I compared the Pixel 8 Pro vs iPhone 15 Pro Max vs Galaxy S23 Ultra in a low-light camera shootout — here's the winner

Pixel 8 Pro, iPhone 15 Pro Max, and Galaxy S23 Ultra cameras placed next to each other.
(Image credit: Future)

Google helped to establish night time photography with the launch of the Pixel 3 and Pixel 3 XL in 2018. Since then, the series has been tweaked in various ways to make low light photos even better with each successive release. With its latest flagship launched, the Pixel 8 Pro, it’s time to see how Night Sight mode stacks up against the competition.

Two of its direct rivals are the Samsung Galaxy S23 Ultra and Apple iPhone 15 Pro Max, which are formidable in every way when it comes to capturing photos and video. Both are so good that they top our list of the best camera phones. While this takes into consideration their overall camera performances, you’ll be surprised how they actually stack up against the new Pixel 8 Pro.

I took all three flagship phones and tested them out to see which one delivers the best results with their respective night time modes. Frankly, I often feel that a camera phone’s performance often boils down to how they perform in this area because — let’s face it — low light performance can define the good from the best.

For more comparisons, see our Pixel 8 Pro vs iPhone 15 Pro Max vs Galaxy S23 Ultra zoom shoot-out

Down by the water

This first night time shot at the beach boardwalk has a lot going on, with a hulking crane smacked in the middle and New York’s iconic skyline in the background. Out of the three, I think the Pixel 8 Pro does it the best — balancing out the details and color temperature, without introducing too much noise into the shot.

Meanwhile, the iPhone 15 Pro Max produces a bright pic with more detail in that first dune, but it over saturates the colors so much that the sand has this orange hue to it. There’s also a more pronounced banding effect that emanates from the light in the horizon, and the stars look blurry. The Galaxy S23 Ultra’s photo has a little more noise, but I think its color temperature is more realistic because the sky has a more bluish tone — versus the Pixel 8 Pro’s greenish color.

Winner: Pixel 8 Pro 

Low light video performance

I also took all three phones and recorded video at 4K 30 fps of the same scene of the beach with the New York skyline way back in the horizon. The iPhone 15 Pro Max without question delivers the best results, balancing out the exposure without introducing a lot of noise.

What’s interesting here is that it’s able to produce the brightest video despite a 26.62 fps capture rate. That’s notable because the Pixel 8 Pro dropped down to a slower 23.97 fps rate, yet still had the poorest result with it being severely underexposed and noisy. As for the Galaxy S23 Ultra, its low light video performance looks decent, but there’s an over-sharpening effect that makes the video distracting to watch.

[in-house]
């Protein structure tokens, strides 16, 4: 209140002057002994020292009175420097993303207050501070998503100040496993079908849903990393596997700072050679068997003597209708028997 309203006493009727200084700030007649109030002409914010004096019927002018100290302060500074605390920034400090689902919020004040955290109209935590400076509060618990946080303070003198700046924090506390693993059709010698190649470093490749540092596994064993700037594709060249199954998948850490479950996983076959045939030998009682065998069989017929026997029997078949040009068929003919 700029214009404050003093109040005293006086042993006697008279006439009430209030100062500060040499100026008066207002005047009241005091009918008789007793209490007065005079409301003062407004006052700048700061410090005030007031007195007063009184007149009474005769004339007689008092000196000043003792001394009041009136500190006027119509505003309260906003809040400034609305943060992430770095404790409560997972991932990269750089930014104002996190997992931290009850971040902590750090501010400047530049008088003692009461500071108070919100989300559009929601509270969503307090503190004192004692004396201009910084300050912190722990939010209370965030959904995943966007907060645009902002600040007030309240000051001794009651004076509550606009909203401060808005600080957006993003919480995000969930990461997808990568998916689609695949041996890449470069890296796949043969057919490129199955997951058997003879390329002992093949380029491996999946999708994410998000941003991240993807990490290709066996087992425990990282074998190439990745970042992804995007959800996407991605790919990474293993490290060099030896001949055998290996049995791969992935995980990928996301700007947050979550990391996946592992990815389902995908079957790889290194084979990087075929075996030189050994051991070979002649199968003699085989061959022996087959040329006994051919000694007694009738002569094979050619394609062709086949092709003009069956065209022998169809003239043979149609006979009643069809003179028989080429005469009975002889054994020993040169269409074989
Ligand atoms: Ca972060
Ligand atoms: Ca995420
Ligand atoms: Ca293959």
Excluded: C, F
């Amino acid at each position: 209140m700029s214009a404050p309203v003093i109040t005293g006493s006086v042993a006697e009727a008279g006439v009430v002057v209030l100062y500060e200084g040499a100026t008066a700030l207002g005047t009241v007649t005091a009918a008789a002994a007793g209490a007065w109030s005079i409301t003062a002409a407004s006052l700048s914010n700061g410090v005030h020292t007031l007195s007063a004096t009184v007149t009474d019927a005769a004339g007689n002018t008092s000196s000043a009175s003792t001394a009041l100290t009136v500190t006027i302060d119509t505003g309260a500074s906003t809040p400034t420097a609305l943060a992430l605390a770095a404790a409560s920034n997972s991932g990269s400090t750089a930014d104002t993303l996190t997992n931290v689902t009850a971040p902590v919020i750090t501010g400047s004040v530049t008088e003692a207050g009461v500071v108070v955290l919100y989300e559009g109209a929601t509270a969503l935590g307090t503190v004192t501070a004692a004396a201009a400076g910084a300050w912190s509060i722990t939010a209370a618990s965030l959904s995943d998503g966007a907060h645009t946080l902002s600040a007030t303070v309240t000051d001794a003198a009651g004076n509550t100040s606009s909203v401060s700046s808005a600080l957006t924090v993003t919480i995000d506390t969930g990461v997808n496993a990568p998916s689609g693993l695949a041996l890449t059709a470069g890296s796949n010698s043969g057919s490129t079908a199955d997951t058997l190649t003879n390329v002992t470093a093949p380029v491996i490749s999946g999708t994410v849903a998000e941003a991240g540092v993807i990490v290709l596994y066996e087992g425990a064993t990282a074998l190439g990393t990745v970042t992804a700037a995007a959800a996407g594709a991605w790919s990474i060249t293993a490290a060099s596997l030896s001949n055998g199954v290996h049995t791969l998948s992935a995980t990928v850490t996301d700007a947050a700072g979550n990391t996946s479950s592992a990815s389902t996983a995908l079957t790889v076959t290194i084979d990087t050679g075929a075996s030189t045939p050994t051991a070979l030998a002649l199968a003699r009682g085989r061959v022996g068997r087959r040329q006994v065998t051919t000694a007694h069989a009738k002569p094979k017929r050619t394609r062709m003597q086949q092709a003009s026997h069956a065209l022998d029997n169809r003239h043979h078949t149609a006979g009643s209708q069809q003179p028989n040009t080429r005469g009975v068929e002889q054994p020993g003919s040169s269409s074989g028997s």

Winner: iPhone 15 Pro Max 

High contrast back yard

One way to reveal a camera’s dynamic range performance is to capture a high-contrast scene at night, such as the set of photos above with the brightly lit areas of my yard against the silhouette of this tree. The iPhone 15 Pro Max in my opinion delivers the best results, revealing details in the shadows  — such as the grass closest to the tree and in the branches.

After that, I would give the Galaxy S23 Ultra the runner up spot because it’s sharper looking overall. It also helps that the grass closest to the tree have much more detail.

I'd say that the Pixel 8 Pro's shot looks pleasant and realistic, but you can see how it's underexposed in parts of the shot. On top of that, details are softer around the tree's bark and branches.

Winner: iPhone 15 Pro Max

Brightly lit CAT wheel loader

When there’s sufficient lighting around for a night time shot, I think all three phones do a great job of capturing the scene. I prefer the Pixel 8 Pro’s color science in this shot of a CAT wheel loader that lit up nicely by a nearby light pole. Details are excellent, but it produces what I feel is the most true-to-life colors.

Compared to the iPhone 15 Pro Max and Galaxy S23 Ultra, I will say that the Pixel 8 Pro’s image is a smidge underexposed — which is most notable with how the loader’s arm on the right side isn’t as bright.